As the war raged on, many of the Pirates, now adults, joined the underground resistance movement. In Cologne, Edelweiss Pirates members offered aid and shelter to Nazi deserters and refugees who had escaped from concentration camps. Members even went so far as to raid military depots and supply reserves, sabotaging war production.  They also continued their usual hi-jinks, graffitiing bridges and walls with the words “Down with Hitler”.

In response, the Nazis intensified their opposition to the fringe group. Pirates who were caught were sent to jail, reform schools, labor camps and psych wards, all in an effort to stamp out resistance. If caught in public, “defectors” were often humiliated in front of a crowd, and were beaten and shaved before being taken away. In 1944 Heinrich Himmler even ordered the public execution of thirteen Pirate members in Cologne, pictured below.

Meet the rebel kids who danced in defiance of the Nazis
Photo: Wikipedia

For the duration of the war these brave young people continued to stand firm in the face of overwhelming resistance and power, and continued to fight for the freedoms they believed in.

NOW: 4 of the weirdest things the Nazis ever did

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The US military took these incredible photos this week

The military has very talented photographers in its ranks, and they constantly attempt to capture what life as a service member is like during training and at war. This is the best of what they shot this week:


AIR FORCE:

An F-35A Lightning II team parks the aircraft for the first time at Mountain Home Air Force Base, Idaho, Feb. 8, 2016. The aircraft arrived at the base to conduct operational testing in order to determine its combat capabilities.

Meet the rebel kids who danced in defiance of the Nazis
U.S. Air Force photo/Airman 1st Class Connor J. Marth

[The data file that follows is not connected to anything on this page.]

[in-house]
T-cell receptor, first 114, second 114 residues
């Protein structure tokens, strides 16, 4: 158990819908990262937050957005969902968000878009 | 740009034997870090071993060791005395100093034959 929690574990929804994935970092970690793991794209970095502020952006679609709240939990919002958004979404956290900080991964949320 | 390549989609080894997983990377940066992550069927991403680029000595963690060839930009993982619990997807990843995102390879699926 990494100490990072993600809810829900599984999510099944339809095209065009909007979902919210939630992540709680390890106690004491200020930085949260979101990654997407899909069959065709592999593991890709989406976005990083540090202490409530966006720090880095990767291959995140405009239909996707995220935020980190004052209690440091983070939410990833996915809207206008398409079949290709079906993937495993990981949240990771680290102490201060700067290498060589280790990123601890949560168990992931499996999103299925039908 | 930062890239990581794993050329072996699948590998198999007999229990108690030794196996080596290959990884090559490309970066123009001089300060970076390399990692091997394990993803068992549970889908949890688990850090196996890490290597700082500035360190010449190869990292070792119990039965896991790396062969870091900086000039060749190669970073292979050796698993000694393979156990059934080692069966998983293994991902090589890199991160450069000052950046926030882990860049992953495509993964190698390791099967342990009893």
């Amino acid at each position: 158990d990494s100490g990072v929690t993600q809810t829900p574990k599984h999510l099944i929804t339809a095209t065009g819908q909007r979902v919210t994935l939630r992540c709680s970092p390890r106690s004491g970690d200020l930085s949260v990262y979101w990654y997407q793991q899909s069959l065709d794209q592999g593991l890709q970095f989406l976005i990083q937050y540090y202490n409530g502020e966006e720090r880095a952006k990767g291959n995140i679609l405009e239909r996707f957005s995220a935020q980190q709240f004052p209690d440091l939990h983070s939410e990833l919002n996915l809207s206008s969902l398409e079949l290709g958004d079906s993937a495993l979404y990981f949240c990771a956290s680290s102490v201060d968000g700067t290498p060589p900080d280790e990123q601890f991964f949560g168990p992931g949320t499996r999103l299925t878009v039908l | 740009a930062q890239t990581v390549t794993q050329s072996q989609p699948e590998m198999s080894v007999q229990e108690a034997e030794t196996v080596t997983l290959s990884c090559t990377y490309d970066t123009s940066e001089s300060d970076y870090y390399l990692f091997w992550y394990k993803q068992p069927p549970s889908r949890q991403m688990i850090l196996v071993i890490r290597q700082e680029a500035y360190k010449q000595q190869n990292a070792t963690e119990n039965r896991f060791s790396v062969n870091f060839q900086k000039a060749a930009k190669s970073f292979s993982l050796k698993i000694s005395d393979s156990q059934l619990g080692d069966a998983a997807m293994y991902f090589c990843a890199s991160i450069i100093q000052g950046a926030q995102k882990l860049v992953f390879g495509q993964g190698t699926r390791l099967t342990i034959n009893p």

An A-10 Thunderbolt II takes off from Davis-Monthan Air Force Base, Ariz., Jan. 28, 2016. The A-10 has excellent maneuverability at low air speeds and altitude, and is a highly accurate and survivable weapons delivery platform.

Meet the rebel kids who danced in defiance of the Nazis
U.S. Air Force photo/Senior Airman Chris Drzazgowski

Senior Airman Daniel San Miguel, an aerospace propulsion journeyman with the 35th Maintenance Squadron, oversees an F110-GE-129 engine being tested during its afterburner phase at Misawa Air Base, Japan, Feb. 4, 2016. Each engine is tested multiple times for consistency and safety to ensure each engine has the capability to reach peak performance.

Meet the rebel kids who danced in defiance of the Nazis
U.S. Air Force photo/Senior Airman Deana Heitzman

ARMY:

A U.S. Army paratrooper, assigned to 1st Brigade Combat Team, 82nd Airborne Division, conducts airborne operations at Fort Hood, Texas, Feb. 9, 2016.

Meet the rebel kids who danced in defiance of the Nazis
U.S. Army photo by Staff Sgt. Javier Orona

Army readiness is paramount to accomplishing a full range of military operations and winning the nation’s wars. The 82nd Airborne Division is a critical component of this requirement by being prepared to rapidly deploy anywhere in the world within 18 hours or less.

Meet the rebel kids who danced in defiance of the Nazis
U.S. Army photo by Staff Sgt. Javier Orona

NAVY:

Members of the U.S. Navy Parachute Team, the Leap Frogs, perform a drag plane during a training demonstration at Skydive Arizona. The Leap Frogs are in Arizona preparing for the 2016 show season.

Meet the rebel kids who danced in defiance of the Nazis
U.S. Navy photo by Bruce Griffith

Sailors assigned to the Ticonderoga-class guided-missile cruiser USS Antietam (CG 54) render honors to a column of Indian naval vessels to mark the conclusion of India’s International Fleet Review (IFR) 2016. IFR 2016 is an international military exercise hosted by the Indian Navy to help enhance mutual trust and confidence with navies from around the world. Antietam, forward deployed to Yokosuka, Japan, is on patrol in the 7th Fleet area of operations in support of security and stability in the Indo-Asia-Pacific.

Meet the rebel kids who danced in defiance of the Nazis
U.S. Navy photo by Mass Communication Specialist 3rd Class David Flewellyn

MARINE CORPS:

Capt. Robert Mortenson, a company commander with Black Sea Rotational Force, spends time with a Norwegian search-and-rescue dog during cold-weather training aboard Skoganvarre, Norway, Feb. 5, 2016.

Meet the rebel kids who danced in defiance of the Nazis
U.S. Marine Corps photo by Cpl. Immanuel Johnson